Academic Programmes

International Programme

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  4. Student Voice
  5. Mason


  • Name: Mason
  • High School: Dwight School Seoul
  • Nationality: Korean/American

Who are you and what is your background?

Student Voice

My name is Mason Haglund. I'm a second-year GBBA student, half Korean, half American. I took DP credits for 2 years at an international school called Dwight School Seoul, in Korea.

What led you to choose Japan for your studies?

When I considered my universities, I knew that I had always wanted to go somewhere abroad. I didn't want to go back to Korea.  I didn't want to go back to the States and I wanted to try something new. So, I tried to look for different countries. A representative from NUCB came to my school and I got interested. I thought being at NUCB could be a good opportunity because both my parents currently live in Korea, so I could go visit them anytime I want.

Have you ever faced any challenge when settling into Japan?

I didn’t have much problem because since I was a kid, I very often visited Japan. My Dad’s friends live in Tokyo so when I came here, they helped me to settle down.  Regarding the cultural differences, I had it easier because Korean culture is very similar to Japanese culture, being both Asian so I didn’t have much problem with settling in here but it was more of just being independent and living alone. At first, I had some struggle but after a while, the friends that you meet help you a lot.

Do you miss your home country sometimes?

Every day! This might be due to the coronavirus situation but sometimes I really miss Korea, and I want to go out and meet my friends. I really miss California, I just want to go and drive to the beach and hang out with my friends. One thing that I do when I miss Korean food is to visit a Korean restaurant just in front of my house. The owner is a native of Korea and she helped me a lot when I first moved here. The small interactions that you have with people from your country bring you a lot of feeling like you are home. Even if Japan is not your country, interacting with locals and learning the language is a way to make you feel like you belong here.

What did you like about being an IB Diploma Programme student?

The IB Diploma Programme will put you into an international environment,  which will help you to be open-minded. Growing up with two cultures, I thought that I was open-minded. And then when I went to an international school, I started meeting people from all over the world. I started to realize that there was so much more that I could understand. That helped me a lot when I came to Japan, I was prepared to be more open about different cultures.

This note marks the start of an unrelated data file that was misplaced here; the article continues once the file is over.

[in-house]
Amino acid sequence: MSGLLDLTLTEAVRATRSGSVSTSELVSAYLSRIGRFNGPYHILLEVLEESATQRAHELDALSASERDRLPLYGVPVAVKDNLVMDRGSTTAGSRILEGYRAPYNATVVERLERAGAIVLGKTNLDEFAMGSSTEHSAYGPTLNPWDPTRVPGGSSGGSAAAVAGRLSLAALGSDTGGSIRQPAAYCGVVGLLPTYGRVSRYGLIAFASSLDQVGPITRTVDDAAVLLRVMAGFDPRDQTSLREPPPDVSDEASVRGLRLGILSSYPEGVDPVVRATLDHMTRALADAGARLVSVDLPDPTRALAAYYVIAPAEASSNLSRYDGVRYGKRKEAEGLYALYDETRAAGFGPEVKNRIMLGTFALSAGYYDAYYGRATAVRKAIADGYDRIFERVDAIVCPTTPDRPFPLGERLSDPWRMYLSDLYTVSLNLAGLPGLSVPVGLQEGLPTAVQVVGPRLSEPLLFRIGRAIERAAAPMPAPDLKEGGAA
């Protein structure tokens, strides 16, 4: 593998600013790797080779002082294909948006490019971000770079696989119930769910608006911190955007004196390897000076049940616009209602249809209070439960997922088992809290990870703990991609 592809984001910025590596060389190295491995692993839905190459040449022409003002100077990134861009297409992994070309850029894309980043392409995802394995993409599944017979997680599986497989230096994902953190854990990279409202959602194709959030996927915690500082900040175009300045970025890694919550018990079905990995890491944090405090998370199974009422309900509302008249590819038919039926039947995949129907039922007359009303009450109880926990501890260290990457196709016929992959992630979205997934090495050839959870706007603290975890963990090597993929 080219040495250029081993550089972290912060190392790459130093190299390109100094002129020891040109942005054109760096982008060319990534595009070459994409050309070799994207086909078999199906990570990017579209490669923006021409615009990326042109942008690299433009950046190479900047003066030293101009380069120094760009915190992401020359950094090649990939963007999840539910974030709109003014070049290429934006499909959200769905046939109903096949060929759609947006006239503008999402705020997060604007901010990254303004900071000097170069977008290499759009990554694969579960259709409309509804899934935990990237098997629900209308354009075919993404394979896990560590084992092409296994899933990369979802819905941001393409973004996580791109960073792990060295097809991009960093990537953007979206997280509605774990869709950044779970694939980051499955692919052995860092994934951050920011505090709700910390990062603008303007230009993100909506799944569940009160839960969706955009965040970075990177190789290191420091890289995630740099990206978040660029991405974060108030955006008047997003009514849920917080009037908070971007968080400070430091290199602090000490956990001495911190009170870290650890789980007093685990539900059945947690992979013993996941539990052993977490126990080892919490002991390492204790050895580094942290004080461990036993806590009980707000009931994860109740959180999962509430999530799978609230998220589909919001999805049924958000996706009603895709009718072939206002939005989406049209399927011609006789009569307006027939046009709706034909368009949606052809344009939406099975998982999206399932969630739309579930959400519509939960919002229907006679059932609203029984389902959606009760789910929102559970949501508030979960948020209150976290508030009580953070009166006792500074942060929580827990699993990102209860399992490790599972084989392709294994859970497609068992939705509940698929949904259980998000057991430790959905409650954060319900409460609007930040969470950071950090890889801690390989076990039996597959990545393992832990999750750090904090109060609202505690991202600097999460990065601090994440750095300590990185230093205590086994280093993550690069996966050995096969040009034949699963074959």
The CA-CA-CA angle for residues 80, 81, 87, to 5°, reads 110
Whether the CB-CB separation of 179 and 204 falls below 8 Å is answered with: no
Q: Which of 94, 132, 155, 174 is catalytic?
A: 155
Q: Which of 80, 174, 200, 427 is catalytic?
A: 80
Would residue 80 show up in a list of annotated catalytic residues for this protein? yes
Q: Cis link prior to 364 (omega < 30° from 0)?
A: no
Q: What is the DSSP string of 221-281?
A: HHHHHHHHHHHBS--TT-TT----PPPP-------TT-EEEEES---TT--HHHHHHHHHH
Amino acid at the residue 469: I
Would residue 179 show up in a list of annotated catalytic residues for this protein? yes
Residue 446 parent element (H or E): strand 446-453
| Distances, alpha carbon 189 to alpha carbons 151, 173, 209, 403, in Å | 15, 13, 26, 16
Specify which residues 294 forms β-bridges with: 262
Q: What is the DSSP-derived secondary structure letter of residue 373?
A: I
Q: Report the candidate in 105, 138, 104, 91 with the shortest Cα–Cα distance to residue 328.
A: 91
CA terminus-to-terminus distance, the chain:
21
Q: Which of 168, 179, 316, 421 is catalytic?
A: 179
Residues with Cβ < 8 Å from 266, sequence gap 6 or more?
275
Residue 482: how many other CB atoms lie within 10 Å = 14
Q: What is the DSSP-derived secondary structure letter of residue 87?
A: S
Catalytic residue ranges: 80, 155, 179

What qualities are needed to pursue the IB Diploma Programme?

I would say self-confidence. Business management class required me to give a lot of presentations but in front of people, I was very shy. I had a lot of problems presenting in front of a class and one time the teacher came to me and taught me how to be more confident about what I am saying. Once I really realized that, if I just knew what I was talking about, I could stand for 15 minutes and I had no problem. IB really taught me how to present myself in front of other people and it helped me a lot to be prepared for university.  I think that the IB Diploma Programme is very up to date. While I have always felt that the knowledge that I learn at a regular school couldn’t really be implemented in my social life or in real life in general, in the IB Diploma Programme, a lot of subjects that we talk about in class are very relevant.

What advice would you give to young students who arrive in Japan for the first time?

I would recommend trying to interact with a lot of people, as much as possible. Locals and foreigners who have lived here for a long time so that they can show you around so you have more of a sense of what this country is about. Try to figure out what you like about Japan and what you don’t because you don’t have to like everything about this country. There is no perfect country and obviously, there are going to be a lot of things about Japan that you are not going to like but you will have to accept that. Find something that you really like about Japan and focus on that.